The seventh and final group were the rebels and dissidents. These the speaker thought were "counter-cultural". They would be either conservative or radical. Some favoured an exclusive sect idea or were anti-Protestant. Others favoured ancient rituals or stressed a divinely-inspired hierarchy. Others again maybe just didn't fit into ordinary family, suburban life. There was a homosexual influence too, which before the 1970s was secretive in its manifestation. After the 1970s, with the growth of an open gay subculture in Australia, there were fewer gays to be seen in the church. Another dissident group were Tories who favoured ancient traditions, like Henry Dutton of South Australia and Wilfred Kent Hughes. Others were on the radical left, like the Socialist Canon Coaldrake and Helen Badie, whose interest was in Aboriginal justice.

David Hilliard asked what had happened to the Anglo-Catholic movement since the peak of the 1950s. He recommended Alan Wilkinson's 'Requiem for Anglo-Catholicism'. This book describes how the movement had become inward looking and sectarian. With important changes in the Roman Catholic liturgy, the Second Vatican Council, and new scholarship and population changes in Australia since the 1960s, the Anglo-Catholics have been on the defensive.

Working class Australians have moved to new housing estates; there have been new migrants; evangelicals have better targeted youth. Above all, three issues have significantly divided Anglo-Catholics: divorce, the ordination of women, and homosexuality. If Anglo-Catholics are to develop, said the speaker, they need a clear vision developed so they can "move on". Otherwise they will remain "fossilised" or display ambiguity as they are affected by social forces. They need to "renew the drifting church." The ordination of women issue has caused splits among the Anglo-Catholics, between the conservatives and the liberals and feminists. Hilliard said that the need for reconciliation between the groups Affirming Catholicism and Forward in Faith was urgent.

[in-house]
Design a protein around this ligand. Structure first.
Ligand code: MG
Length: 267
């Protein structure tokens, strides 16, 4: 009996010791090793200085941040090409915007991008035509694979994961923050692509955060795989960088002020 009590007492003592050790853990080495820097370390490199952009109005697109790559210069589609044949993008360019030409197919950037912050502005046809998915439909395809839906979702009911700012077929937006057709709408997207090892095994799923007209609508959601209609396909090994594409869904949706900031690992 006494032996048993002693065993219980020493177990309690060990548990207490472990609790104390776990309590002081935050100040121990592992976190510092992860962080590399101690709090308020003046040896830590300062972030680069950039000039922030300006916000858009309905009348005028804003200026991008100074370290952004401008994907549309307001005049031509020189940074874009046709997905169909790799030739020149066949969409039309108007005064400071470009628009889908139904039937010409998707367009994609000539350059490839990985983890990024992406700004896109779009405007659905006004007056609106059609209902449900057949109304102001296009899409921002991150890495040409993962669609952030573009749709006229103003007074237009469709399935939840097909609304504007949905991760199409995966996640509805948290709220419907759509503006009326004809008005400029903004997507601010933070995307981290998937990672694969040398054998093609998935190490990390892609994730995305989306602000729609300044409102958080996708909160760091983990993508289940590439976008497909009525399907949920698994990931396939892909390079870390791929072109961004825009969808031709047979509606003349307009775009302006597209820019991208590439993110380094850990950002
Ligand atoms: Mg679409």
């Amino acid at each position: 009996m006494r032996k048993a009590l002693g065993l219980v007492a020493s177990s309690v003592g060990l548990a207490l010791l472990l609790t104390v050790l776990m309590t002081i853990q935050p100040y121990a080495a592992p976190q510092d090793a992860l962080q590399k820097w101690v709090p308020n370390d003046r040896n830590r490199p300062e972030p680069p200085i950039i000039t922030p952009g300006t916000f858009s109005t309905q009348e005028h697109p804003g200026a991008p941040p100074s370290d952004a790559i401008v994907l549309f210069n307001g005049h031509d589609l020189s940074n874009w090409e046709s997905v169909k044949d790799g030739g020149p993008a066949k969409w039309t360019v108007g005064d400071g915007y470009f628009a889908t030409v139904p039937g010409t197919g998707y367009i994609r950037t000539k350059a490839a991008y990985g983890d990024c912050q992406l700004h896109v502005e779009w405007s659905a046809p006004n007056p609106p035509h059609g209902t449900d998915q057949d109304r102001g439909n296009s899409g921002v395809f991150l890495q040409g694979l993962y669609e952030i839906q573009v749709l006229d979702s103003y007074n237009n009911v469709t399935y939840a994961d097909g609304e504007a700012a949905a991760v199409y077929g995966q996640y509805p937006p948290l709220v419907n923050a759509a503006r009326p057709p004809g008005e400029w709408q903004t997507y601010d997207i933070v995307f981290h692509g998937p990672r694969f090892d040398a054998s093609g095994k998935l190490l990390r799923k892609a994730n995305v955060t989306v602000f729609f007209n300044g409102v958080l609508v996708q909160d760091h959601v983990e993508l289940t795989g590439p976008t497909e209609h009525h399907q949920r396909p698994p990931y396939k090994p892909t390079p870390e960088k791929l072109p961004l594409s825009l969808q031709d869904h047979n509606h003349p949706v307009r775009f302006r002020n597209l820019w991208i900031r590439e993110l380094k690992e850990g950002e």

Summing up, David Hilliard thought the Anglo-Catholics had grown out of English national Catholicism, had been liturgically influential, had been socially involved, interested in modern scholarship, were strong theologically, and were still a strong influence.

In answer to various questions Hilliard made the following points:
Charismatic Anglo-Catholics were influential only really in the 1970s, particularly in the dioceses of North Queensland and Bunbury. Anglo-Catholics have a unique sense of humour. The Cursillo movement, under episcopal control, stressed the sacramental and confessional elements. In the future to survive, the Anglo-Catholic minority will need to be "creative". Rigorous theological training has "declined" because so many students are now married and study part-time from home. More women than men are studying for the ministry outside Sydney. Since Vatican II, there has been a coalescing of Roman Catholicism and Anglo-Catholicism. Anglo-Catholicism has a distinctive theological contribution to make to society. Religious changes can be quite sudden, so David Hilliard concluded that a new Oxford Movement could, perhaps, come from anywhere.

A report from Chris Martin